INTRODUCTION AND MOTIVATION
At present, there is much research being conducted on how to replace the standard electronic transistor with an option that is faster and consumes less power. One research group at Argonne National Laboratory has proposed using magnetic vortices in a type II superconductor coupled with thin ferromagnetic stripes whose magnetization can be well controlled with an in-plan magnetic field to be used as such a circuit. By applying magnetic field to a hybrid superconductor/ferromagnetic heterostructure they are able to generate and manipulate the vortices making them candidates for quantum memory and micro-processing.
The hybrid SC/FM devices consisted of superconducting niobium (Nb) films (100nm thick) with ferromagnetic permalloy (Py) strips which were 1.6mm long x 30µm wide x 40nm thick, and spaced 2µm apart on the Nb. The Py strips have preferential in-plane magnetization. The samples were placed in a Montana Instruments cryostat with a castle configuration for integration with an external magnet, and the samples were cooled below the superconducting transition of Nb which is 8.7K. Once below the Tc of 8.7K a normal magnetic field (Hz) was introduced and then increased until vortices appeared. Vortex generation and manipulation were imaged optically with a CCD and then analyzed digitally.
The researchers applied an out-of-plane field (Hz) of varying strength to generate superconducting vortices. The sample’s electromagnetic configuration was manipulated with in-plane Hx and/or Hy magnetic fields. In addition to magnetic field effects, the temperature was varied from below Tc to above Tc. By changing all these factors, they could manipulate and control the vortices either promoting or retarding their motion in the channels between the FM strips. Figure 1a shows that when the sample is cooled across the transition temperature, vortex formation is induced in the superconductor by the applied Hz field and also Hs (stray field) from the FM stripe edges. The Py strips are polarized by the Hx field, and at the edges there exists either a potential barrier where the Hz vortex is positive and the Py strip is also positively charged and a potential well where the Hz vortex is positive and the Py strip is negative. These potential wells allow for vortex entry along the strip edge and provide a channel for their movement. In Figure 1c the magnetic field is applied parallel to the long edge of the Py strips and the magnetic charge (ρM = divM) is concentrated at the narrow ends of the strips; this results in vortices able to enter from the ends, but at a much slower rate than the long edges of the strip as the case in Figure 1b. This is because the stray fields have more of an effect than the in the 1b scenario.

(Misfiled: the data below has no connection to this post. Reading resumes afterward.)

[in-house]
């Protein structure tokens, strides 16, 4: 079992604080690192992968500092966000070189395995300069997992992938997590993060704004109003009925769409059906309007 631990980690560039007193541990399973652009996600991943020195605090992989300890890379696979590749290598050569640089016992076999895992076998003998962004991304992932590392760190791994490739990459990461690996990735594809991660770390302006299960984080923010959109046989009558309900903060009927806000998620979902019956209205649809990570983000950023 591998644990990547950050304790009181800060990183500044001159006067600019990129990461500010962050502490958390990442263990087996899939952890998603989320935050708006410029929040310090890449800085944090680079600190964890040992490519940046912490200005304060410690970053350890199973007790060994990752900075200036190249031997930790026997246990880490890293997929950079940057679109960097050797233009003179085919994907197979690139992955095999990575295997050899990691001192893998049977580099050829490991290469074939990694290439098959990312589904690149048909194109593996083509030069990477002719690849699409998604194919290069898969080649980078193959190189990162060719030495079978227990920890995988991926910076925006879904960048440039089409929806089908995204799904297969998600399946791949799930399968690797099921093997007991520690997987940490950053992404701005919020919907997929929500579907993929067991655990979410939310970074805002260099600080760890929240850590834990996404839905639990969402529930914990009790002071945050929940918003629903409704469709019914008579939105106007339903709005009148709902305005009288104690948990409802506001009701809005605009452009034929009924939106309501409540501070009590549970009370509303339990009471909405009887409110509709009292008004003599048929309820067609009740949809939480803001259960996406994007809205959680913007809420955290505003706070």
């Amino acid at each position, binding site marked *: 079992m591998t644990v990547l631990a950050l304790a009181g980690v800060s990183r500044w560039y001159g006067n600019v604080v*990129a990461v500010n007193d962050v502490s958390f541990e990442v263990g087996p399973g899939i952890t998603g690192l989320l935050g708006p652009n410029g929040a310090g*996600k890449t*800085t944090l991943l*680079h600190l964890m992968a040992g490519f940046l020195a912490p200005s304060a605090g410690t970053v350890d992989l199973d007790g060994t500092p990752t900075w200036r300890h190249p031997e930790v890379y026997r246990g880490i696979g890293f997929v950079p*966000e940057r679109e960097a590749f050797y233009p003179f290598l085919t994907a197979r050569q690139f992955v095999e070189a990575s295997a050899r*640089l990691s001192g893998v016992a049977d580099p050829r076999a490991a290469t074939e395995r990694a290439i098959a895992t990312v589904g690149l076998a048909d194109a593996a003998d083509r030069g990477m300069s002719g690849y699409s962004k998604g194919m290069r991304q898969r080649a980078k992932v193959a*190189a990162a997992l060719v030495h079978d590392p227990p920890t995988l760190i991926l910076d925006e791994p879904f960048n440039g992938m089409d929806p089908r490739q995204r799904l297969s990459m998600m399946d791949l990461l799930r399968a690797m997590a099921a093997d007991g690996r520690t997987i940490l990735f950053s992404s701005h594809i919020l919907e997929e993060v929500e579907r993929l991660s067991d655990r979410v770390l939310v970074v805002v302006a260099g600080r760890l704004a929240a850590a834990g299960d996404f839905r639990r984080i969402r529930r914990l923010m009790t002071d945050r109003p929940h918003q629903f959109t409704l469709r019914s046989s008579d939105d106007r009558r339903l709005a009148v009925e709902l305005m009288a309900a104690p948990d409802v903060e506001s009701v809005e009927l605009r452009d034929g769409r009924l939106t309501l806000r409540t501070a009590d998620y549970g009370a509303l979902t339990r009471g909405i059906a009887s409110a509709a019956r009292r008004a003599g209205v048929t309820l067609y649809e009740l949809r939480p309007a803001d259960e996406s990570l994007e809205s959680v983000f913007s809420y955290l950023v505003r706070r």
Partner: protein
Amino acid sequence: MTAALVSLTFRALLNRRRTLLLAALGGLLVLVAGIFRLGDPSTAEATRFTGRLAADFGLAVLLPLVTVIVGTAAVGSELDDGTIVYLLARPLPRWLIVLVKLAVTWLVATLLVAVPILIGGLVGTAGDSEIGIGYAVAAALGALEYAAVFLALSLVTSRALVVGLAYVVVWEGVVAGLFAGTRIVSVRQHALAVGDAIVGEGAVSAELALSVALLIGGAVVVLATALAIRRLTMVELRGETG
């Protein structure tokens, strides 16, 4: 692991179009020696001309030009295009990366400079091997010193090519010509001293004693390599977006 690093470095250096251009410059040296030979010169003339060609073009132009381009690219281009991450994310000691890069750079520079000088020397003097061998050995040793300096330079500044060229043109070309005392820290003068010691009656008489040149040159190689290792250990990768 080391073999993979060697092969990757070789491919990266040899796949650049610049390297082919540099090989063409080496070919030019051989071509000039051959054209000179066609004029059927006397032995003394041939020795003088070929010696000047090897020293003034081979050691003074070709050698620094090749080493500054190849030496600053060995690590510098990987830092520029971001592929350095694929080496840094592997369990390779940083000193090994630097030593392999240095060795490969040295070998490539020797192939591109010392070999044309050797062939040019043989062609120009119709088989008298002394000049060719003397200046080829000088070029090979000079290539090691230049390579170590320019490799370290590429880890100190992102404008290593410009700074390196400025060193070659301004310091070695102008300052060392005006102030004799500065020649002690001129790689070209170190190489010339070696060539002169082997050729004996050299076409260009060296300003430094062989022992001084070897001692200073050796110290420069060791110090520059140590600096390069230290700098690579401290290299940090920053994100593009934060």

Figure 1: a) Close-up sketch of Py strips (tan) and Nb film (blue) and the result of Hz and Hx (1b) applied when temperature is going from above Tc to below Tc b) Zoomed out view of charges along Py strips resulting from applied Hx field c) Zoomed out view of charges along Py strips resulting from applied Hy field. Source
Figure 2 shows the resultant optical images of the various applied Hx and Hy fields. The Hz magnetic field is held constant at 12.4 Oe and the temperature is also held constant below Tc, at 5K. The Hx and Hy magnetic fields are applied at 150 Oe. In Figure 2a the vortices move along the long edge of the Py strips. In Figure 2b there is an absence of vortices able to penetrate the positive end of the Py strips. Conversely, in Figure 2c the vortices can penetrate through the negative end of the Py strips. When applying both Hx and Hy the combined effect is that there are vortices along the long edges of the strips as well as a block of the vortices at the short end of the strips, a combination of Figure 2a and 2b.
Figure 2: The images of the flux distribution of vortices on the sample T=5K for constant Hz and various directions of Hx and Hy in figures 2a, b, c, and d. The red lines indicate the edge of the Py strips and the blue lines indicate the edge of the Nb film. Source
This group showed that controlling the motion of vortex flow was possible in hybrid superconductor/ferromagnetic devices with various configurations of an applied in-plane magnetic field. This proof-of-principle experiment demonstrates that the development of vortex circuits may be possible.
V.K. Vlasko-Vlasov, F. Colauto, T. Benseman, D. Rosenmann, and W.-K. Kwok Triode for Magnetic Flux Quanta. Sci. Rep. 6, 36847; doi: 10.1038/srep36847 (2016).